Which coffee grinder to use?

Achieving a great result in the preparation of your espresso or filtered coffee will depend on a correct and uniform granulometry



Most of us start by buying traditional coffee, then we go to gourmet coffee, followed by specialty coffee. All of them already ground! Until a time comes that to continue the evolution of knowledge we realize that it is necessary to grind our coffee at the time of preparation.

This is undoubtedly a big leap in quality. Keeping the coffee bean entire until it is prepared ensures that all substances that create the fantastic aroma and flavor of coffee are preserved for longer. This is the best way to maintain and enjoy all the quality of the beans you have invested.

The principle is this: imagine that you are going to cook potatoes. If you cut large pieces and other small pieces and put everything in the same pan, in 30 minutes of cooking you will notice that the small pieces are so soft that they have become puree and that the large pieces are still kind of hard. For this reason, the cooks recommend cutting everything to the same size, so that the parts cook as much, at the same time.

This happens with coffee powder as well. Inlet grinders create a non-uniform grind, causing the coffee bean to be ground into larger and smaller pieces.

An advanced grinder makes grinding more homogeneous. The powder is almost the same size after grinding and this makes the extraction balanced.

However, the truth is that not every grinder has the power to provide uniform grinding of the grains and fine adjustment between each grinding level. Therefore, the choice of the grinder is one of the most important for the preparation of your coffee, whether in the Aram coffee maker, in any other espresso coffee maker or in filtered coffee methods.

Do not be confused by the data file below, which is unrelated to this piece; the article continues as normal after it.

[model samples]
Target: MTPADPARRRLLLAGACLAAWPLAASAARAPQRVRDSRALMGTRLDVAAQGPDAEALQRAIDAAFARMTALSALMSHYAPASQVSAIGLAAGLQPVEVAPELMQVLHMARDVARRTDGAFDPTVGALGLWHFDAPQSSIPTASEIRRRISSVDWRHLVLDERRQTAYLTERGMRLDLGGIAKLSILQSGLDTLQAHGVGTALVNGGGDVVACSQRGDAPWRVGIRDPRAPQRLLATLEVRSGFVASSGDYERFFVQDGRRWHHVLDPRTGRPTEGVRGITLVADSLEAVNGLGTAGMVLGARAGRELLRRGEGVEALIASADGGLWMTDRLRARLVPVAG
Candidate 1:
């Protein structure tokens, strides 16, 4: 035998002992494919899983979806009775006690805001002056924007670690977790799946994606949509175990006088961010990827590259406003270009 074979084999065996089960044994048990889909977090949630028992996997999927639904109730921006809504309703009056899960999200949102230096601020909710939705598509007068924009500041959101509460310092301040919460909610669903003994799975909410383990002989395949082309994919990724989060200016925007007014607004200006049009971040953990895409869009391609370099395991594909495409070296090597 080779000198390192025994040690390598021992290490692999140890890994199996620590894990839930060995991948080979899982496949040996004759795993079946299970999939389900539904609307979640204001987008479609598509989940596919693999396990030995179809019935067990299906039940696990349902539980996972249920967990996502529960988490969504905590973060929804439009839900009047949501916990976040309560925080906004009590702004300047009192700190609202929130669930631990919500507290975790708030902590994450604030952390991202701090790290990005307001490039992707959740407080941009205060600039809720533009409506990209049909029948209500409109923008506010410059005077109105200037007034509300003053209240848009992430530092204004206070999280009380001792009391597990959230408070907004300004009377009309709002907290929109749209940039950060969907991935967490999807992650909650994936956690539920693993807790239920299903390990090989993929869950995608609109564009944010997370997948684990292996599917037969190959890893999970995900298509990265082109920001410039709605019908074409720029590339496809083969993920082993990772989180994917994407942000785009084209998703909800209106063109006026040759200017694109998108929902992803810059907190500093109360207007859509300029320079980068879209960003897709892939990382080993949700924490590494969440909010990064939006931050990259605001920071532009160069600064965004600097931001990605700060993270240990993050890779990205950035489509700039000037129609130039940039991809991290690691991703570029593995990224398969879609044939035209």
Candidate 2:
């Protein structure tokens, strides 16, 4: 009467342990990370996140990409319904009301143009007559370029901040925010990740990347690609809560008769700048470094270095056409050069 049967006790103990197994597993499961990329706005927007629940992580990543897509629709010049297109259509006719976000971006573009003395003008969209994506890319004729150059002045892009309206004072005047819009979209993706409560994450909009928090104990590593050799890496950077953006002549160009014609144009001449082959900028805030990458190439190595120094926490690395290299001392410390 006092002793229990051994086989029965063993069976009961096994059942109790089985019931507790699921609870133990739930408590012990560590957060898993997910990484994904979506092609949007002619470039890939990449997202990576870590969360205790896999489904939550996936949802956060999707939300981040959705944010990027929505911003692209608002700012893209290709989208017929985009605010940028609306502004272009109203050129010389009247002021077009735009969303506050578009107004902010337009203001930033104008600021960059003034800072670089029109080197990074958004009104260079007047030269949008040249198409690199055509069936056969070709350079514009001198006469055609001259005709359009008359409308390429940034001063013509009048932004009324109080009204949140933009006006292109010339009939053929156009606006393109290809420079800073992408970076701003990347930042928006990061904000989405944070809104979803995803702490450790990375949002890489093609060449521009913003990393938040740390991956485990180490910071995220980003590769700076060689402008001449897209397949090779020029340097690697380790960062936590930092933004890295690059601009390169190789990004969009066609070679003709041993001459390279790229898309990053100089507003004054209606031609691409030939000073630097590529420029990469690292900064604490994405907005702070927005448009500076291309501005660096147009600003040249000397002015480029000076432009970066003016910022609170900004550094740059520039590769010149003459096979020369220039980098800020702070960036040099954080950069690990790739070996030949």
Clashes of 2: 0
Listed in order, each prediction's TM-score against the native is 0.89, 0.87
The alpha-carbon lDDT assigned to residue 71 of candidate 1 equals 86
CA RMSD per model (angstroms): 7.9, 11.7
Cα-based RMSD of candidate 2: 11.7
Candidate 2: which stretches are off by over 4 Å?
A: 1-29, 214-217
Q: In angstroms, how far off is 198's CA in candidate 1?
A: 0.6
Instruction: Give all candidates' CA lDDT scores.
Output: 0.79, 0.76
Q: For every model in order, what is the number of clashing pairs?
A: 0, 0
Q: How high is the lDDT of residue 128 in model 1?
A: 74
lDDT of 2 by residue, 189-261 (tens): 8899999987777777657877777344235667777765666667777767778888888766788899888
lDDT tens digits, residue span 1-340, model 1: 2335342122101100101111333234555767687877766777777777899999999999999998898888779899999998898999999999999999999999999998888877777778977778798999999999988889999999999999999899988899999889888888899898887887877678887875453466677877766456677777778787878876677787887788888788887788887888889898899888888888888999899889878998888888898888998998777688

Filtered coffee, French press and Aeropress


Aram’s filtered coffee method, Arame, was designed to take the V60 method to other levels


Methods such as filtered coffee, the French Press or Aeropress require medium to coarse grinding. But, because it has a longer contact time between water and coffee powder (from 2 to 4 minutes), they allow a greater variable with the grinding, since the grinding level can be easily circumvented by the contact time between them .

Most basic grinders can work well in these cases, like Hario, Bialetti, Porlex and even propeller grinders – similar to a blender. It is not ideal, but it is a good start.


Espresso Coffee



For espresso, only with the correct grind you will be able to create pressure and thus be able to have a real espresso. Within the grinding for espresso there are several levels suitable for each bean, coffee maker and for each quantity of coffee used (see our grinding guide for espresso here).

As the time for preparing an espresso is very short, between 25 and 40 seconds, the contact time of the coffee powder with the water is very short and the fine grinding is responsible for the pressure inside the coffee makers. Therefore, advanced grinders are more suitable for this type of preparation. They grind evenly and have a more sensitive setting, in addition to features that are ideal for espresso.

If you ask to grind at a cafe, you may need to ask to grind a little bit finer than their standard. But, calm down! I know it looks complicated, but it isn’t. It takes 2 to 3 espressos for you to get the grind right, either at home or by buying ground coffee from a cafe.